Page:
And today I’m going to teach you how to cripple your book so that—even if your plot is maximum overdrive and your characterization nothing short of brilliant—no one in the industry will touch it with a ten-foot pole.
You know what I did yesterday? To celebrate Father’s Day with my wonderful, hardworking husband? Twisted my ankle and wound up on the couch watching him cook his own dinner.
I told you June was going to be all about doing things backward.
So get busy and write wrong:
Model your writing on crap
Believe the uber-marketing hypesters who tell you, “The writing doesn’t matter”
Be in a hurry to get published
If the single best way to learn to write well is to study the literary canon with enormous care and all the intelligence you can muster to learn the techniques of the greats. . .that makes the single best way to learn to write wrong reading nothing but cheap modern crap and telling yourself, ‘If they can get away with that, I can get away with anything.’
Because writing is all about ‘what you can get away with,’ isn’t it? Heaven forbid it should be a highly-developed craft with a long and illustrious history of hard work, dedication, and sometimes real genius behind it.
It’s a slot machine!
Garbage in, garbage out.
So don’t waste your time actually learning how to write, people. The writing doesn’t matter. Throw your random, half-baked ideas into unpolished words—your ideas, your brilliant ideas that no one, not even the geniuses in the history of literature, ever, ever, ever thought of before—and shove them PDQ down the Golden Query Chute. And that deafening silence you get in reply? That just means they’re too busy shuffling through the mountains of shlock everyone else who doesn’t care about the writing keeps shoveling through their mail slots—they can’t recognize natural talent anymore when they see it.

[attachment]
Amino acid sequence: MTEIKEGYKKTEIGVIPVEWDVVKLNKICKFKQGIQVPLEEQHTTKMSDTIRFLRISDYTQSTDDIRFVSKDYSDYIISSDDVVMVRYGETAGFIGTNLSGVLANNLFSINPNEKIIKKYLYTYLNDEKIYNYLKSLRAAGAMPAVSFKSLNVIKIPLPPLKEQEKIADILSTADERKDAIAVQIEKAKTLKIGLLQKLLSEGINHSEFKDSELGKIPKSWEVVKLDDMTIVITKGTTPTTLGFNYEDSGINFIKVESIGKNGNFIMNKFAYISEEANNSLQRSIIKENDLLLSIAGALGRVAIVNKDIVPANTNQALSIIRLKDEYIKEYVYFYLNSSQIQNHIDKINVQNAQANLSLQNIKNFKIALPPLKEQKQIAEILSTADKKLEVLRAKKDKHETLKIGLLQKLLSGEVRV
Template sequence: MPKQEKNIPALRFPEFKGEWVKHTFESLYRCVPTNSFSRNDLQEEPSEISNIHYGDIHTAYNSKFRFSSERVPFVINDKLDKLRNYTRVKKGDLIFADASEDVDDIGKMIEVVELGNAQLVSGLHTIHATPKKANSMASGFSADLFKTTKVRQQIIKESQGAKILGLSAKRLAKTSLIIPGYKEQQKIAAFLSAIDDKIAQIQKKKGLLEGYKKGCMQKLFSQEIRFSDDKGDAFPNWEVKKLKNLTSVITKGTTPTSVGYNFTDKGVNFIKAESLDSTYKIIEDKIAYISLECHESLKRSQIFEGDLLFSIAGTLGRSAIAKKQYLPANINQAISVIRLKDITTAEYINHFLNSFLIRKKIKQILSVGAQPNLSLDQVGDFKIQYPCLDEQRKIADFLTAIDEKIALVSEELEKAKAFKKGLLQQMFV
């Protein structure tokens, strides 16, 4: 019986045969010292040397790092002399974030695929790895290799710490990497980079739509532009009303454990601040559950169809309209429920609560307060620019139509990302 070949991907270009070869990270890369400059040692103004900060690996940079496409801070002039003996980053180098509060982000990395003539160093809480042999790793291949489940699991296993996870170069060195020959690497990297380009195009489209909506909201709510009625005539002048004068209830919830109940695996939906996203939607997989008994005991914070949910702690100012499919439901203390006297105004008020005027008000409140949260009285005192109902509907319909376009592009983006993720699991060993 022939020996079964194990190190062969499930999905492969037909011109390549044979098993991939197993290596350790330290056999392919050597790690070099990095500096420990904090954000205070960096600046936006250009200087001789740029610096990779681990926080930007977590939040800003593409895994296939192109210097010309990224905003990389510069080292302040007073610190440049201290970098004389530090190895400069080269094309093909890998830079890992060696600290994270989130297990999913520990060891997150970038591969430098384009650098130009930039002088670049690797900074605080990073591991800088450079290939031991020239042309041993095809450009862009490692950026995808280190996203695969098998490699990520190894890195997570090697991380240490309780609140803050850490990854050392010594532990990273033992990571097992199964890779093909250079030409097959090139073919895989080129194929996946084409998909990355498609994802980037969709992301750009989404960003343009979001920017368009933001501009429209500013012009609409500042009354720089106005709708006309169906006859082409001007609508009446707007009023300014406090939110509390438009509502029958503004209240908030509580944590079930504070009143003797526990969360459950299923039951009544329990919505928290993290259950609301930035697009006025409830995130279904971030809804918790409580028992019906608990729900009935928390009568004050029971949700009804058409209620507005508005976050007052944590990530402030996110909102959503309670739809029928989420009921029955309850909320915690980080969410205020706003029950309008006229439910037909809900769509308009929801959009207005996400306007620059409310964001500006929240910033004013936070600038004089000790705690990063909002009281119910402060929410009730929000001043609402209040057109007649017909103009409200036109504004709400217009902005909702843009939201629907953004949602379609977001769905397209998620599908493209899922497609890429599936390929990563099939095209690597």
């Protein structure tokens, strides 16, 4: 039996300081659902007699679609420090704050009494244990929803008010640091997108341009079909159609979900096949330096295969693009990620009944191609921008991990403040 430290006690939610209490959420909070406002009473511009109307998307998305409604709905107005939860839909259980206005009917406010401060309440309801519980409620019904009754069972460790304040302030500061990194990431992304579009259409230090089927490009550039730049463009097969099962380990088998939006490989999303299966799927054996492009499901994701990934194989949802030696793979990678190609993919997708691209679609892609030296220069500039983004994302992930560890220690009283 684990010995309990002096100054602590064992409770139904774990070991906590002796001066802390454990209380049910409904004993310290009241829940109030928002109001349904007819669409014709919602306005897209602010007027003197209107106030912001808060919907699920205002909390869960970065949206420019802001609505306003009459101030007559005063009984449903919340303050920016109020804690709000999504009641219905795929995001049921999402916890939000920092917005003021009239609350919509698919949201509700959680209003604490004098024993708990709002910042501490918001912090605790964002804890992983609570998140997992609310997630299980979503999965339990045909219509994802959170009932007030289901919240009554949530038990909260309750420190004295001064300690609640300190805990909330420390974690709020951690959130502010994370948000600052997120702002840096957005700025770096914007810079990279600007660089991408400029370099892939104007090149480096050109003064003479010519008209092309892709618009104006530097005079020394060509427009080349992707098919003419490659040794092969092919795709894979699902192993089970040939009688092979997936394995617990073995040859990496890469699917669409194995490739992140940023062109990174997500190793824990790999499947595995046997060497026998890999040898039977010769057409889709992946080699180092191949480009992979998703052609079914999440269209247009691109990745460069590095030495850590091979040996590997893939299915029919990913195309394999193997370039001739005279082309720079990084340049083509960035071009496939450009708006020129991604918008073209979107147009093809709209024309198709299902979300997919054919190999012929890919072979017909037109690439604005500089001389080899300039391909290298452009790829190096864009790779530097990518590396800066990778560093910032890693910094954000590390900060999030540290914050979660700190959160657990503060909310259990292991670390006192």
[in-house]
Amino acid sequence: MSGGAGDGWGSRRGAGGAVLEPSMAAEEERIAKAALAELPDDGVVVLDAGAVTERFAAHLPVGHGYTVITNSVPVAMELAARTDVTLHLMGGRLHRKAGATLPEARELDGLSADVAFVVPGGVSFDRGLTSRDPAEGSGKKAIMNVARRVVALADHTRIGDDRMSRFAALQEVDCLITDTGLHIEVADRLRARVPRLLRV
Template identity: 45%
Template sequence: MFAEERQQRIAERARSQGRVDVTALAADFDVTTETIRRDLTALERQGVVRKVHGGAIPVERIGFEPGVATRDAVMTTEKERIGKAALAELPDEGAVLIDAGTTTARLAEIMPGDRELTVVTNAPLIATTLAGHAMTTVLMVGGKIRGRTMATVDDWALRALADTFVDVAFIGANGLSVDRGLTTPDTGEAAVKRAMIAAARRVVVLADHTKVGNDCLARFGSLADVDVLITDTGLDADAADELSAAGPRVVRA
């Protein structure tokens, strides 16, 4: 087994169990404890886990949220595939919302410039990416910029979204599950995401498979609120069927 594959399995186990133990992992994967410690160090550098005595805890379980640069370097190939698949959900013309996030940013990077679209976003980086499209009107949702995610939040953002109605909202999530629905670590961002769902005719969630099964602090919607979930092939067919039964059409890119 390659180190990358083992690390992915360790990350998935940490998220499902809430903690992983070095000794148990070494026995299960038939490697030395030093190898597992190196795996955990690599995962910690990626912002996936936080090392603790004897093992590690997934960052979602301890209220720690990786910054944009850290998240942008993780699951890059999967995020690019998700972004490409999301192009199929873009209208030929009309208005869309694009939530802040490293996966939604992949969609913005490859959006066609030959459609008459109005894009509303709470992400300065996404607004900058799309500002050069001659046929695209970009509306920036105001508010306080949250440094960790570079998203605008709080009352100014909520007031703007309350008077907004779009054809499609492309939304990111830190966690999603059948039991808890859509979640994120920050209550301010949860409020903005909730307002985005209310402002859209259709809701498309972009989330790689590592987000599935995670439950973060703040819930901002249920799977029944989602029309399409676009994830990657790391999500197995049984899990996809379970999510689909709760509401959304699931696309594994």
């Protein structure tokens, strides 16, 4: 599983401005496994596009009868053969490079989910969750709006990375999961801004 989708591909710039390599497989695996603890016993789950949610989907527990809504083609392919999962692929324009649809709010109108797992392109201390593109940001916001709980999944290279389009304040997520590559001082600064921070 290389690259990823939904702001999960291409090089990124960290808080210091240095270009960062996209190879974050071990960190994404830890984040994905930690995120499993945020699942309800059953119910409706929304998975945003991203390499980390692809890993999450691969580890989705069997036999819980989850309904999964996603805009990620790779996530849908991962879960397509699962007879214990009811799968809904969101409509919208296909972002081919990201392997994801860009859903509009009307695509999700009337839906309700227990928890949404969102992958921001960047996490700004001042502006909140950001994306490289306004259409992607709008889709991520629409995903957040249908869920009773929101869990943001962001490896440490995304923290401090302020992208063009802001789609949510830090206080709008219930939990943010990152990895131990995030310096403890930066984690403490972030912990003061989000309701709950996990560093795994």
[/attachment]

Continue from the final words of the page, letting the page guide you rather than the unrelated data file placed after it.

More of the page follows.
It’s the era of entitlement! And you’re entitled to be rich and famous.
Don’t pause to learn how to write. You don’t have time. (Why not? I don’t know. But you don’t.) Just keep on shoveling. Someone’s bound to be young, inexperienced, and/or desperate enough to take you on. And after that—whoa!—it’s Easy Street.
Move over, J.K. Rowling.
And this is why it’s best to read only stuff being shoveled as fast as possible through the chute right now, this minute—because that will show you what sells.
No, you don’t have a famous name or a devoted following of hundreds of thousands or insider knowledge of how writing and modern publishing work, like the best sellers who—for business reasons of their own—often no longer have the time to polish their work properly before they publish it.
But you’re going to skip right over that little detail. What they do you can do.
Without their famous name. Or their reputation. Or their understanding of the craft and industry. Or their publisher. Or their agent. Or their mega-numbers of readers. I guess. . .
So, when in doubt, be sure to ramble on for pages in exposition, explaining your story in vague abstractions for that dimwit you expect to buy it (a fool and their money, yesirree), substitute noises you make up yourself for dialog (“Waaaghghghgh! Nngngng. Uh, dunno, duncare”), brand names for telling details (doesn’t everyone know brand names? I mean, we’re all glued to our shopping malls and TV commercials together, right?), and the verb ‘grab’ for every action you possibly can (“She grabbed the door, ran in the house and grabbed her keys, grabbed a Diet Coke from the fridge, and as she ran out he jumped out from behind the door and grabbed her”).
Your reader will get the general idea. Because these days readers don’t read books carefully, anyway, only buy them for the famous names on the covers (although you did, you admit, skip over that little detail). And since they’re reading standing in line to buy cheap plastic crap they don’t need, anyway, that’s all they care about.
Literature? It’s the twenty-first century, people! We don’t need no stinkin’ literature.
Next week we’ll learn how to revise wrong.
Naturally, none of this helps at all if we don’t know 9 Ways to Find the Time to Write.
Hi, my name is Victoria, and I have written mountains of shlock. But I didn’t publish it—not most of it, anyway—and I’m working to get better now, one day at a time.
UPDATE: Phyllis K. Twombly has added: Neglect Feedback; Ignore Concepts Within One’s Chosen Genre; Don’t Research